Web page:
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    alexlebrit Senior Member

    Origami - and stressed skins?

    I might be barking up the wrong tree here but following a couple of quick experiments, I'm wondering if the thing couldn't be "folded" into shape.

    First off a little mind origami. Take a sheet of standard A4 printer paper, cut this in three lengthways so you have a long thin strip. Now we're going to curve the two long edge up to give a half round shape. and next we're going to pinch in the two endsso they meet. Now without folding down the centre line, fold the two pinched ends in at 45 degrees. If you've done it right you've got something vaguely resembling the hull portion of a kayak. Paper isn't an elastic material and yet we've managed to create compound curves in it without presses etc. I can do the same thing with tin foil, or plastic sheet, or card, none of which strike me as being particularly suited for compound curve making.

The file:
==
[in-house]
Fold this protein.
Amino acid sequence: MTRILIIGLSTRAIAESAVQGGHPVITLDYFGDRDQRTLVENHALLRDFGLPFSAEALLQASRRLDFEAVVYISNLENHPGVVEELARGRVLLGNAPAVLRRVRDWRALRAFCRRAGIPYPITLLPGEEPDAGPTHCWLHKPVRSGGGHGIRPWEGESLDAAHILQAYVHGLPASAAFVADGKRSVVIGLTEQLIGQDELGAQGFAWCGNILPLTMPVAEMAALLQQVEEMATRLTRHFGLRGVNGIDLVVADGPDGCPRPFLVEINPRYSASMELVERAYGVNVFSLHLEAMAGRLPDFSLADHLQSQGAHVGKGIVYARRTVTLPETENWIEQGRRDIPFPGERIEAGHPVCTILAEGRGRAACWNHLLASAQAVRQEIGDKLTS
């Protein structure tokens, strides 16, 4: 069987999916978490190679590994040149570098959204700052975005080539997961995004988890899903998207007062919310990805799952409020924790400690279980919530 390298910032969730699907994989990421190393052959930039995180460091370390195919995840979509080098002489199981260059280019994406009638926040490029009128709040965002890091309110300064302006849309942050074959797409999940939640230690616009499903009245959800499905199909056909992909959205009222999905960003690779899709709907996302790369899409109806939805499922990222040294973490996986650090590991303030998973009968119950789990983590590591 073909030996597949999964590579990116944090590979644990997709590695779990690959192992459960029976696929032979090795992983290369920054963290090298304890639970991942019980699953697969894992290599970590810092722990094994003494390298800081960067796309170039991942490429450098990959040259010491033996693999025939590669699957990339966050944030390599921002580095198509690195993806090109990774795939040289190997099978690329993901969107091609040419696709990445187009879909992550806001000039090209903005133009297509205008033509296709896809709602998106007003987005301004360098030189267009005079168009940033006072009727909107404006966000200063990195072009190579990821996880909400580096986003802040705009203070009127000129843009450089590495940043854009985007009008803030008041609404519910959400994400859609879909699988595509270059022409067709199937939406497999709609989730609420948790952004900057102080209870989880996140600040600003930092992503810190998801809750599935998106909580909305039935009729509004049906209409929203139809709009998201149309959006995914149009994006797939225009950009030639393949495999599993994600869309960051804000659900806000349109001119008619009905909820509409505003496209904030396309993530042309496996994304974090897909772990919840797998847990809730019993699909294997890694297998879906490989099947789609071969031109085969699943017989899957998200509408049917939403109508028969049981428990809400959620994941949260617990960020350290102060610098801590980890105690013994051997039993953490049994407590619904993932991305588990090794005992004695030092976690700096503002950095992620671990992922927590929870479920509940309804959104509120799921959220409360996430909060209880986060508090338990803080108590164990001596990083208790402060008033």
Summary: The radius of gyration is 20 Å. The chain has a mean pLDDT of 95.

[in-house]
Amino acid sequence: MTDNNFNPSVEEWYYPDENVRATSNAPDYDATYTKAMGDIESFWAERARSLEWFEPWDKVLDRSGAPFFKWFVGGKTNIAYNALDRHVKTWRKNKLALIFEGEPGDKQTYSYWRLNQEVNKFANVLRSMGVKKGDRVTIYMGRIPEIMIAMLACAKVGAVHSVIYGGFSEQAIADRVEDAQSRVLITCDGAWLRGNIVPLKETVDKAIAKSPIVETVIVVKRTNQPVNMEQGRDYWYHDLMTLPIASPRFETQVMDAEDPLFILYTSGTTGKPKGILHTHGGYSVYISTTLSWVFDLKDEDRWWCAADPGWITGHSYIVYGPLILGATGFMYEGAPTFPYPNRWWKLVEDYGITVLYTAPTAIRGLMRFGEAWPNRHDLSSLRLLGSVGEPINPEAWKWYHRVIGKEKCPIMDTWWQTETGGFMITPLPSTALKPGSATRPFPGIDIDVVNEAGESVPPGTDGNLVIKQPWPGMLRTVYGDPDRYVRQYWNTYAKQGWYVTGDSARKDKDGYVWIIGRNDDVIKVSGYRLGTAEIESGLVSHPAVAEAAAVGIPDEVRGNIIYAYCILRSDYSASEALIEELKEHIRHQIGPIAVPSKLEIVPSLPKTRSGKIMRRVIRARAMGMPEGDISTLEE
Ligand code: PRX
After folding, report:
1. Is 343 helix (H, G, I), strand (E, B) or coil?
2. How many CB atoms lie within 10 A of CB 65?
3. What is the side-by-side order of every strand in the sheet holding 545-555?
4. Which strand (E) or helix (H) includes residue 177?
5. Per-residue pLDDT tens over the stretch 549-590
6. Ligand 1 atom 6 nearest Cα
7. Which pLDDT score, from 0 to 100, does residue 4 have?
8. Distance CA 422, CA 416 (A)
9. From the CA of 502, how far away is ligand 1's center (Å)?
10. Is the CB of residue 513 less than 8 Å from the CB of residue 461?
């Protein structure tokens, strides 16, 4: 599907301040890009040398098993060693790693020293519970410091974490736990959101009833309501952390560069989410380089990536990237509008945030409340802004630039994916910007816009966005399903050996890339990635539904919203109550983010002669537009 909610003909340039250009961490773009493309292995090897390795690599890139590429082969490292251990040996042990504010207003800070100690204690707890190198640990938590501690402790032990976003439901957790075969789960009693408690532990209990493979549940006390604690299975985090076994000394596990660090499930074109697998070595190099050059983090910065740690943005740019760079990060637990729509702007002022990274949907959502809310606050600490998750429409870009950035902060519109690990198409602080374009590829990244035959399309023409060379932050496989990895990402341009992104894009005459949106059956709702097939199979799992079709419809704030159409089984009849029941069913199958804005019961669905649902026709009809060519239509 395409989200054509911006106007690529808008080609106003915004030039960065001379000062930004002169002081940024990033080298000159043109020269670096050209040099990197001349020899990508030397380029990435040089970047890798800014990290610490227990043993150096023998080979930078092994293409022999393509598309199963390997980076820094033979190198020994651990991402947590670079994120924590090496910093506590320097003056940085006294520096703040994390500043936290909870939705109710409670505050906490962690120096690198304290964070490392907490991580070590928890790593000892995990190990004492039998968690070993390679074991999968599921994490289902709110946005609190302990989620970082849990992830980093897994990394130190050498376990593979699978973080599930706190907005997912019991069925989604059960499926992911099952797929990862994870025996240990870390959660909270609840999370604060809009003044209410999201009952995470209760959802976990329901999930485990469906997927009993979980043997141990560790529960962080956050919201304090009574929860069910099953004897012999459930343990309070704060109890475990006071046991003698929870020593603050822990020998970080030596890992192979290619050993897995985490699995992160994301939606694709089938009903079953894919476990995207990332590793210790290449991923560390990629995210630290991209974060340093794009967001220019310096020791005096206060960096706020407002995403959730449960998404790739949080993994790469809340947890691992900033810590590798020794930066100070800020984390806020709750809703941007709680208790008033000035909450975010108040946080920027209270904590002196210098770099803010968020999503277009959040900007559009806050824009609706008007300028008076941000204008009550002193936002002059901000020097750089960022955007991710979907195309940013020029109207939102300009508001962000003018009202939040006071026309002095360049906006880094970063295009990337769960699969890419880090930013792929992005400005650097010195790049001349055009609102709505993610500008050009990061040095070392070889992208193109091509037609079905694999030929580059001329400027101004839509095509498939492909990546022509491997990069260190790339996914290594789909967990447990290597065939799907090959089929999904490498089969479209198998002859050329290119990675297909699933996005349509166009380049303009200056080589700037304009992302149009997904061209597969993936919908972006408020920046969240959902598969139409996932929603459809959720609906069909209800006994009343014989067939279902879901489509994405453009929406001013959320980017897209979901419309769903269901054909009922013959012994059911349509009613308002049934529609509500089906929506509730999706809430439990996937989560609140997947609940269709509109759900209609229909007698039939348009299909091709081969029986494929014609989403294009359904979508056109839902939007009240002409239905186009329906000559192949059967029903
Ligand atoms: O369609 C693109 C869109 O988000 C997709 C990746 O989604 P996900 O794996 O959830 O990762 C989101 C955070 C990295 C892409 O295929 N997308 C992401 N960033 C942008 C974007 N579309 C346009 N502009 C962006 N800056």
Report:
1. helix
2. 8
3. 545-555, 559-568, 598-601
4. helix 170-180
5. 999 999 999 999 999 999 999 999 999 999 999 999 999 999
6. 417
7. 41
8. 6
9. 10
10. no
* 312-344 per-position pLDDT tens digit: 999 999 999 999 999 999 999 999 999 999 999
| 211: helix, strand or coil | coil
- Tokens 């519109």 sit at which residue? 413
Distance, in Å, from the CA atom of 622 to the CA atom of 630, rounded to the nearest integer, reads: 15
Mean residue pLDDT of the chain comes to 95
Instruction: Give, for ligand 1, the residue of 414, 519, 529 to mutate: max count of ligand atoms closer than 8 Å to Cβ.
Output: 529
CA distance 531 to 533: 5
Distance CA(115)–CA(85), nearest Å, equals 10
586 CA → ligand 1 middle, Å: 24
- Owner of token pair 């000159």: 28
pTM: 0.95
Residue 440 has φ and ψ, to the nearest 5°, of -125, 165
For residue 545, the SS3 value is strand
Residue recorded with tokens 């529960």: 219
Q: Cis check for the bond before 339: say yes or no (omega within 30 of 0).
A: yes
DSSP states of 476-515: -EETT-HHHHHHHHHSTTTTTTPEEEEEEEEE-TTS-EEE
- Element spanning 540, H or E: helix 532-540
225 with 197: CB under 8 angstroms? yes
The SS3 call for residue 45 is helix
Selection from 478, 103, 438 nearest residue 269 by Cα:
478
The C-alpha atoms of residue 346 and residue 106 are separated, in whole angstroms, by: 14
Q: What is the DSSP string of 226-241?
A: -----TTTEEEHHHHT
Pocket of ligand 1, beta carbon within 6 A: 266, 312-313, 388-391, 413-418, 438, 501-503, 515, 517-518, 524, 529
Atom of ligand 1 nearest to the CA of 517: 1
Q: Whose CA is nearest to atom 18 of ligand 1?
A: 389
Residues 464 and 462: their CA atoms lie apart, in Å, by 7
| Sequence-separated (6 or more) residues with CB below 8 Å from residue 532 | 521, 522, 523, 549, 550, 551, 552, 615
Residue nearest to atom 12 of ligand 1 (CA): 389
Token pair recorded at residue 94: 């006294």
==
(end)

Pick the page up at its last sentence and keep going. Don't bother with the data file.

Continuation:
Is it possible to re-create the same process in aluminium sheet? I've only got a small bit of unknown grade ali 1m x 0.5m, in an unknown thckness, definately thicker than 0.05, and I can manage to bend not form this into a nice 2 dimensional curve - it'll spring back to flat after, so I'm tempted to say with a lot of swearing and cursing, and possibly some cuts and abrasions I could repeat my origami on a larger scale.

    If I could, this would give me a hull form from which I could take measurements to make internal ribs and strengthening. From these measurements I could also build a male buck over which to form the next hull, and so on.

    But like I said this is a mind experiment, whether aluminium could actually be made to do this, I don't know, perhaps those with experience would like to say yes or no.